Another issue is Country of Origin Labeling on meat. The U.S. Department of Agriculture Department is pushing for labeling to be mandatory, while many in the cattle industry want labeling to be voluntary. Greiman wants to hear from Iowans on that issue as well. “I just want to make sure that we have policy in place at the Iowa Cattlemen’s Association that represents what Iowa cattlemen, across the state, really are thinking,” Greiman says.

Association members are encouraged to call the ICA state office in Ames, and share their opinions, at (515) 296-2266. The ICA’s annual policy meeting is scheduled for December 9th through the 11th in Altoona.

On the web at www.iacattlemen.org

(Radio Iowa)

Atlantic School Board learns about CASE

Ag/Outdoor, News

October 15th, 2013 by Ric Hanson

The Atlantic Board of Education heard a presentation Monday night from High School Ag Instructor and Atlantic FFA Advisor, Eric Miller. Miller spoke with regard to the district’s proposed CASE curriculum. CASE stands for Curriculum for Agriculture, Science and Education.Miller says the concept is for science- or inquiry-based learning. More specifically, it focuses on math and science, and how those areas relate to agriculture.

Atlantic H.S. Ag Instructor Eric Miller.

Atlantic H.S. Ag Instructor Eric Miller.

He says the curriculum allows a student to see the benefits of math and how it pertains to their agricultural experience. Miller says students sometimes don’t realize how important math is for their careers, whether it’s in agriculture, other industries and trades. He says the program involves student-led agriculture, also. Miller says students have to learn how a process works and find the answer to a question that they develop on their own, through the scientific process.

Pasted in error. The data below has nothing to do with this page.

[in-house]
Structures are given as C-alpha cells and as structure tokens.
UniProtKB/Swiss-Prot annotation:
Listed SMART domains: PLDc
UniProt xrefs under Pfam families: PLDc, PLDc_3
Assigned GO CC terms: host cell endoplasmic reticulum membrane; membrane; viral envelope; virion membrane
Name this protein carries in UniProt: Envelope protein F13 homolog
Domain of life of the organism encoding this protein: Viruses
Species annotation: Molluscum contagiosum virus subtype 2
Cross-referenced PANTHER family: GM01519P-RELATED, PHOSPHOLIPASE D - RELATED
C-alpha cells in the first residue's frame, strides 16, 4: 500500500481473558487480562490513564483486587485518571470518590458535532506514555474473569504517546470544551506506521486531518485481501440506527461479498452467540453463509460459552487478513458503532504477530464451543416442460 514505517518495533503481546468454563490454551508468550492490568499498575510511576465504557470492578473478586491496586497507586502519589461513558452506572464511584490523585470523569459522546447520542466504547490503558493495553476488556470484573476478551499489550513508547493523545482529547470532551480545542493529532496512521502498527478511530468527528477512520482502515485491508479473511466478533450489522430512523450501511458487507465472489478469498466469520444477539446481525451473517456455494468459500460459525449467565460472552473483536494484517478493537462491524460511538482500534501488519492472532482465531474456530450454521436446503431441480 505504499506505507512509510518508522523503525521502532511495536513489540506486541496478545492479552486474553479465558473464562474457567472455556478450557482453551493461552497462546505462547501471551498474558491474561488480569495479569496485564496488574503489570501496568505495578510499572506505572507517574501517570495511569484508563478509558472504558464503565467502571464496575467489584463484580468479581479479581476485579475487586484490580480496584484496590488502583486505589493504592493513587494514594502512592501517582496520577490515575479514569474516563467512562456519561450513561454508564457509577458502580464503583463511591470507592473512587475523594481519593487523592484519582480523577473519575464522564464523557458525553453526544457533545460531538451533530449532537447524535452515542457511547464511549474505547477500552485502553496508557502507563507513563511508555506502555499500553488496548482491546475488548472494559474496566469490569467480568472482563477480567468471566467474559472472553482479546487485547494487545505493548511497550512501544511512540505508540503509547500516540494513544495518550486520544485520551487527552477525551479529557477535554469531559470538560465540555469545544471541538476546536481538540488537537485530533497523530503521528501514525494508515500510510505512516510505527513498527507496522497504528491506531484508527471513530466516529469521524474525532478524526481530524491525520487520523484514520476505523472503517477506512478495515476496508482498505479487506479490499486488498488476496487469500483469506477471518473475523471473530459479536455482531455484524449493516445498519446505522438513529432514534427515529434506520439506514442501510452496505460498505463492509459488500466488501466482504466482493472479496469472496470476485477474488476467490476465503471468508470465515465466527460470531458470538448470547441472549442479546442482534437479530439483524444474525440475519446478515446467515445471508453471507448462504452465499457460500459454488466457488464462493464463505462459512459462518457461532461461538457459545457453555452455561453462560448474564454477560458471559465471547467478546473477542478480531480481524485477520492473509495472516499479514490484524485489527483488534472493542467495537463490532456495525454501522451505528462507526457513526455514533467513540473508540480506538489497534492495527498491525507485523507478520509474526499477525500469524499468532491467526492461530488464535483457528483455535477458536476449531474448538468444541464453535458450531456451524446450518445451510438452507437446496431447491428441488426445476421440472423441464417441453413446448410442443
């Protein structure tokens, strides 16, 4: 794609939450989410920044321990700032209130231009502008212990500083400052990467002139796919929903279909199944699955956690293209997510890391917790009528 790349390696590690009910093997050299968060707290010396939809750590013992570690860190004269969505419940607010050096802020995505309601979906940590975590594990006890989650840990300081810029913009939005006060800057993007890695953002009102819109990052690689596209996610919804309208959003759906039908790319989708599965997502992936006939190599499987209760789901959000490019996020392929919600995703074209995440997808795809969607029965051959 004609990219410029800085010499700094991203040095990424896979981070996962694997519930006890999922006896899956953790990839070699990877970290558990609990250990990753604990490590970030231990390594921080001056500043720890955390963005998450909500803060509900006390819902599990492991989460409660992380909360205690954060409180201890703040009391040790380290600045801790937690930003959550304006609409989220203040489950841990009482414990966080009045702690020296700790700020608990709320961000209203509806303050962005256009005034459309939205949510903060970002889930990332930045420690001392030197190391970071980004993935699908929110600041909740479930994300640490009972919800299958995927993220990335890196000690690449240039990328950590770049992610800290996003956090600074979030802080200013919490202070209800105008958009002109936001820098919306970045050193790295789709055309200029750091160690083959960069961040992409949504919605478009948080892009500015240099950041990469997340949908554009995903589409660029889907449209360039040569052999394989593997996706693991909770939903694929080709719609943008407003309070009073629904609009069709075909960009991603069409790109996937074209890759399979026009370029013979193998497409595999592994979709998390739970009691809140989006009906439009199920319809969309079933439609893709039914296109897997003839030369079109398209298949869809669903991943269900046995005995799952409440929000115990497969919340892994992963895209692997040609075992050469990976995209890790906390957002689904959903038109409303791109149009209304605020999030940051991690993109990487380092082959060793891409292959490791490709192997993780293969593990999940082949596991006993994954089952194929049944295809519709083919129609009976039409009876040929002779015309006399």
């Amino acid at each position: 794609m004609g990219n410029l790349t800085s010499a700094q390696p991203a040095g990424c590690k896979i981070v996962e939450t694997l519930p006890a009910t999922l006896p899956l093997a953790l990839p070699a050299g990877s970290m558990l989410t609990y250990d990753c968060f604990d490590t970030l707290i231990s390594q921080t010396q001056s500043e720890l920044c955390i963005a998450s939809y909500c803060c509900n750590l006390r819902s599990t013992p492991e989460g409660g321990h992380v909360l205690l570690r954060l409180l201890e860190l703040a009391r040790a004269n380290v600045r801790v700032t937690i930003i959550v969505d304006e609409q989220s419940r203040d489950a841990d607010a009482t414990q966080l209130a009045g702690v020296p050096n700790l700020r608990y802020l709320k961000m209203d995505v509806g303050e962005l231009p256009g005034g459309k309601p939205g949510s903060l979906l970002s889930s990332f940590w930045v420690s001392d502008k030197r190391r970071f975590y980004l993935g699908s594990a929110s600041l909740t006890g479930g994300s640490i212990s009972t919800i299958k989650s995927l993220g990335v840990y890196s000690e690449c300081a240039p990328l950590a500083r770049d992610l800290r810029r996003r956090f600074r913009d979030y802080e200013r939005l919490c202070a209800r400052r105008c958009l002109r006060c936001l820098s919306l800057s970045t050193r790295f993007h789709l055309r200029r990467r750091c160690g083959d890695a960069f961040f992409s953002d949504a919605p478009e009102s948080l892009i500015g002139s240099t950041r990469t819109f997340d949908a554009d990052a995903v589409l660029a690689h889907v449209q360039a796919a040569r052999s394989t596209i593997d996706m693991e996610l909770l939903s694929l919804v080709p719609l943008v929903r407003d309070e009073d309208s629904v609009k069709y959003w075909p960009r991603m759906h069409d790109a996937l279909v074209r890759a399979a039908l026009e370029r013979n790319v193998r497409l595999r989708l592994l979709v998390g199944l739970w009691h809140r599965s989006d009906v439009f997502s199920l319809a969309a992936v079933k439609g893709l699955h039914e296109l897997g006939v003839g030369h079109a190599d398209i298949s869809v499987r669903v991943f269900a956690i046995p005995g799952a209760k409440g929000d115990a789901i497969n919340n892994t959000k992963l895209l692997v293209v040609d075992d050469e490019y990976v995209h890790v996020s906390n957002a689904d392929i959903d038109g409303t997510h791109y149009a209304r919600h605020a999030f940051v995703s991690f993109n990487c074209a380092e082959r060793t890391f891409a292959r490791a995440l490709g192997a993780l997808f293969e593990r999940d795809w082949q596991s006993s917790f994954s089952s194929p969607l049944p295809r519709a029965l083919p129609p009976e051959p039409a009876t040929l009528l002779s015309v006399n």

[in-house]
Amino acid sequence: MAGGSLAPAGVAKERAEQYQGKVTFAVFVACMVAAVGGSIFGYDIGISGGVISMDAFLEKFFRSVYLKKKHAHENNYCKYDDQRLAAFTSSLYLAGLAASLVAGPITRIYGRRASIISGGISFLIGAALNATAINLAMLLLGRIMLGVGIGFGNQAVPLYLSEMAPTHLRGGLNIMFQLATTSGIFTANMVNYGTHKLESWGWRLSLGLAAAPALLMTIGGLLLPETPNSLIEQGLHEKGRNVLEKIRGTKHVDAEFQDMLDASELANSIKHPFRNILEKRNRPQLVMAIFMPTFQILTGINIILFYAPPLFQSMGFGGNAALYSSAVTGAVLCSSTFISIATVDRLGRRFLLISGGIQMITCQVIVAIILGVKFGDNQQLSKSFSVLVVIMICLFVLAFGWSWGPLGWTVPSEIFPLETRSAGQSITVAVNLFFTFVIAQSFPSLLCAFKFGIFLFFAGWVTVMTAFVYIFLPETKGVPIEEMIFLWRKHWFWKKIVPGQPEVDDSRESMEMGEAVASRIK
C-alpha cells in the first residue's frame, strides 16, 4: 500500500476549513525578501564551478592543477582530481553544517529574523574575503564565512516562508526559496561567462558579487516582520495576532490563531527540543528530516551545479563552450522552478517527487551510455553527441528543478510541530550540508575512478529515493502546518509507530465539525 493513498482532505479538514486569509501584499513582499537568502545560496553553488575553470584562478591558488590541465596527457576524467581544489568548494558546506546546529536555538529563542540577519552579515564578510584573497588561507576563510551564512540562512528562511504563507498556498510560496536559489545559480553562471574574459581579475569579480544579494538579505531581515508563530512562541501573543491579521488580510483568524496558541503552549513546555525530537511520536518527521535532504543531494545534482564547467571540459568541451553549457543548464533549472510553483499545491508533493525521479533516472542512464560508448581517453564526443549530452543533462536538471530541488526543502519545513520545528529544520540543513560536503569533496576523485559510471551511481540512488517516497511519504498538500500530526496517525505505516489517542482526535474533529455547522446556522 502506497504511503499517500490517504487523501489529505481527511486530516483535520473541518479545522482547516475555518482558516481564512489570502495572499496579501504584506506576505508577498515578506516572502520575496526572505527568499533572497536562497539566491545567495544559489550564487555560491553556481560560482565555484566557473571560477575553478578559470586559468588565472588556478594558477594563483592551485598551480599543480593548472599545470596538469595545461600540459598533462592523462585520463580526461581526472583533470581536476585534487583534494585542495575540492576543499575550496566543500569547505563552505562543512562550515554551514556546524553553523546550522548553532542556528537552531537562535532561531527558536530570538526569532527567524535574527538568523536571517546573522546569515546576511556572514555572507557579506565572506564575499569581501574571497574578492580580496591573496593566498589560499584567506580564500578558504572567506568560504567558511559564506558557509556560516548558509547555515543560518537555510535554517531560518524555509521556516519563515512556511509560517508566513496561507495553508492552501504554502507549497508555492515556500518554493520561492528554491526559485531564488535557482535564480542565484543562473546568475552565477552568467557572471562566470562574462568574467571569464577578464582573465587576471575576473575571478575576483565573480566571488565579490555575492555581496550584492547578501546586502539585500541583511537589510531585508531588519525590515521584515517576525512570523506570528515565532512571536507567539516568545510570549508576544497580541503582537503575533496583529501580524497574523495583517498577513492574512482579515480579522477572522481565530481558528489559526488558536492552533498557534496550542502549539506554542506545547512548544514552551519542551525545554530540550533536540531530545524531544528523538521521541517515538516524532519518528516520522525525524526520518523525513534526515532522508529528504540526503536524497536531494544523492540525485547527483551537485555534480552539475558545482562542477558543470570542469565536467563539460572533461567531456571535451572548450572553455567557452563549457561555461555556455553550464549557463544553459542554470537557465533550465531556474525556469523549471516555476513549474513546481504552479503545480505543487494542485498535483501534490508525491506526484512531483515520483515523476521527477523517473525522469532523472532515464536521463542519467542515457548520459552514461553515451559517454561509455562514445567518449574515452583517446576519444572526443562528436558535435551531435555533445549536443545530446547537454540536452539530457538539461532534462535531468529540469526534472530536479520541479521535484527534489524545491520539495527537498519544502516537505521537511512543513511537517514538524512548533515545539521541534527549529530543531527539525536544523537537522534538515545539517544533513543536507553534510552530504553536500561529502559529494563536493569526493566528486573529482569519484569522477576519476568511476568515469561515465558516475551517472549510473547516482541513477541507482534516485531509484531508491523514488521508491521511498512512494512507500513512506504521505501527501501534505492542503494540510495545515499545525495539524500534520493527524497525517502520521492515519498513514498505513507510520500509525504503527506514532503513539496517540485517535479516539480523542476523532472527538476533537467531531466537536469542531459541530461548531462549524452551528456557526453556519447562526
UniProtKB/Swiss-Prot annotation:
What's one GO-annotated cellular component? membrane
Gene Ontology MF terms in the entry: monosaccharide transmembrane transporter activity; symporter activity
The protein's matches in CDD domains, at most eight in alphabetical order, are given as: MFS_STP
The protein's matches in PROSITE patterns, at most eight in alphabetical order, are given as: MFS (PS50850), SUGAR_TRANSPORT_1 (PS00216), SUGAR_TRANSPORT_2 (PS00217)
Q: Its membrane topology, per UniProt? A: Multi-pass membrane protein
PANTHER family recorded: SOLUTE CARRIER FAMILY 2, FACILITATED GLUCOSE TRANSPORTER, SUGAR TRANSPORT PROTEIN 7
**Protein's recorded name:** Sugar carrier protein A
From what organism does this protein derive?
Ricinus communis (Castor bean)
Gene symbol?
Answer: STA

The program is offered in a year-long course, which Atlantic has not had in quite a while. Miller said it’s a nod back to “The old style of teaching agriculture.” One of the topics is AFNR (Agriculture, Food and Natural Resources), an entry level course. Later offerings may include animal and plant sciences. Miller says the curriculum goes along with the STEM (Science, Technology, Engineering and Math) courses many schools are teaching, and is aligned with national Ag standards as well as the Iowa Core curriculum.